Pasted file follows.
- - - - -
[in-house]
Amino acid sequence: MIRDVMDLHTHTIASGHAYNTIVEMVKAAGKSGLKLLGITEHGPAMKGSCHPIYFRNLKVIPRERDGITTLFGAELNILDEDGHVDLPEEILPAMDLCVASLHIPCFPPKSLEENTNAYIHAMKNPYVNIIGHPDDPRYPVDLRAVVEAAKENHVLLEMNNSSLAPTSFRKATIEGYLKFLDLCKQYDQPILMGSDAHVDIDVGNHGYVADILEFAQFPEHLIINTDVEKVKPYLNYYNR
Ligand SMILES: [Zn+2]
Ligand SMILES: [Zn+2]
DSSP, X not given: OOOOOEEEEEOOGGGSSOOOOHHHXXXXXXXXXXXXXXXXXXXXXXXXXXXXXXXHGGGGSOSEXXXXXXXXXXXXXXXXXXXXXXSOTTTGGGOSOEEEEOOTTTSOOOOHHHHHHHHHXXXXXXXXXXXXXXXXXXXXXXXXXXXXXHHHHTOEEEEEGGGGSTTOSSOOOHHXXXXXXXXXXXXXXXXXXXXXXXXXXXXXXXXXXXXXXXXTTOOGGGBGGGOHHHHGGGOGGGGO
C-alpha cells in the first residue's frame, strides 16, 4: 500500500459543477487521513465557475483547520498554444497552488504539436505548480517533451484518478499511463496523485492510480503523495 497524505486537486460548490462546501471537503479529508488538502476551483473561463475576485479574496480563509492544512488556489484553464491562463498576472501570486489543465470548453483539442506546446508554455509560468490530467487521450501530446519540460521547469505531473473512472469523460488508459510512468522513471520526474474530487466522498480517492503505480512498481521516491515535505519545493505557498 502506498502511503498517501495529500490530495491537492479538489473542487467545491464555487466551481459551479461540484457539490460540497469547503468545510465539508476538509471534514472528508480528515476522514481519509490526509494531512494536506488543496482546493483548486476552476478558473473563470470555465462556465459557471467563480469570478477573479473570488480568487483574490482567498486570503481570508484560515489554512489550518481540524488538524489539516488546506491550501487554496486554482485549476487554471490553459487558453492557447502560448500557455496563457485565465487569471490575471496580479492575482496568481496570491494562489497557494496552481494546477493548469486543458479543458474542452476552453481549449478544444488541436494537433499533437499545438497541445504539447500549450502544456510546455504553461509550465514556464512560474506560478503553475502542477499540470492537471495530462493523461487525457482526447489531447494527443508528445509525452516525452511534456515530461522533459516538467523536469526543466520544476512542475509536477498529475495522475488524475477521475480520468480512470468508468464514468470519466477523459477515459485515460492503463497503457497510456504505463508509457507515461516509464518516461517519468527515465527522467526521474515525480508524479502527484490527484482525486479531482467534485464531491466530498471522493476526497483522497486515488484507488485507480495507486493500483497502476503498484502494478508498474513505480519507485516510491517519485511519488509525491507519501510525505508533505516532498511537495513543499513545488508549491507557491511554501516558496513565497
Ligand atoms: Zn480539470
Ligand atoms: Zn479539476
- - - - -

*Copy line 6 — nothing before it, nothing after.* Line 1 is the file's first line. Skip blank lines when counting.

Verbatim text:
C-alpha cells in the first residue's frame, strides 16, 4: 500500500459543477487521513465557475483547520498554444497552488504539436505548480517533451484518478499511463496523485492510480503523495 497524505486537486460548490462546501471537503479529508488538502476551483473561463475576485479574496480563509492544512488556489484553464491562463498576472501570486489543465470548453483539442506546446508554455509560468490530467487521450501530446519540460521547469505531473473512472469523460488508459510512468522513471520526474474530487466522498480517492503505480512498481521516491515535505519545493505557498 502506498502511503498517501495529500490530495491537492479538489473542487467545491464555487466551481459551479461540484457539490460540497469547503468545510465539508476538509471534514472528508480528515476522514481519509490526509494531512494536506488543496482546493483548486476552476478558473473563470470555465462556465459557471467563480469570478477573479473570488480568487483574490482567498486570503481570508484560515489554512489550518481540524488538524489539516488546506491550501487554496486554482485549476487554471490553459487558453492557447502560448500557455496563457485565465487569471490575471496580479492575482496568481496570491494562489497557494496552481494546477493548469486543458479543458474542452476552453481549449478544444488541436494537433499533437499545438497541445504539447500549450502544456510546455504553461509550465514556464512560474506560478503553475502542477499540470492537471495530462493523461487525457482526447489531447494527443508528445509525452516525452511534456515530461522533459516538467523536469526543466520544476512542475509536477498529475495522475488524475477521475480520468480512470468508468464514468470519466477523459477515459485515460492503463497503457497510456504505463508509457507515461516509464518516461517519468527515465527522467526521474515525480508524479502527484490527484482525486479531482467534485464531491466530498471522493476526497483522497486515488484507488485507480495507486493500483497502476503498484502494478508498474513505480519507485516510491517519485511519488509525491507519501510525505508533505516532498511537495513543499513545488508549491507557491511554501516558496513565497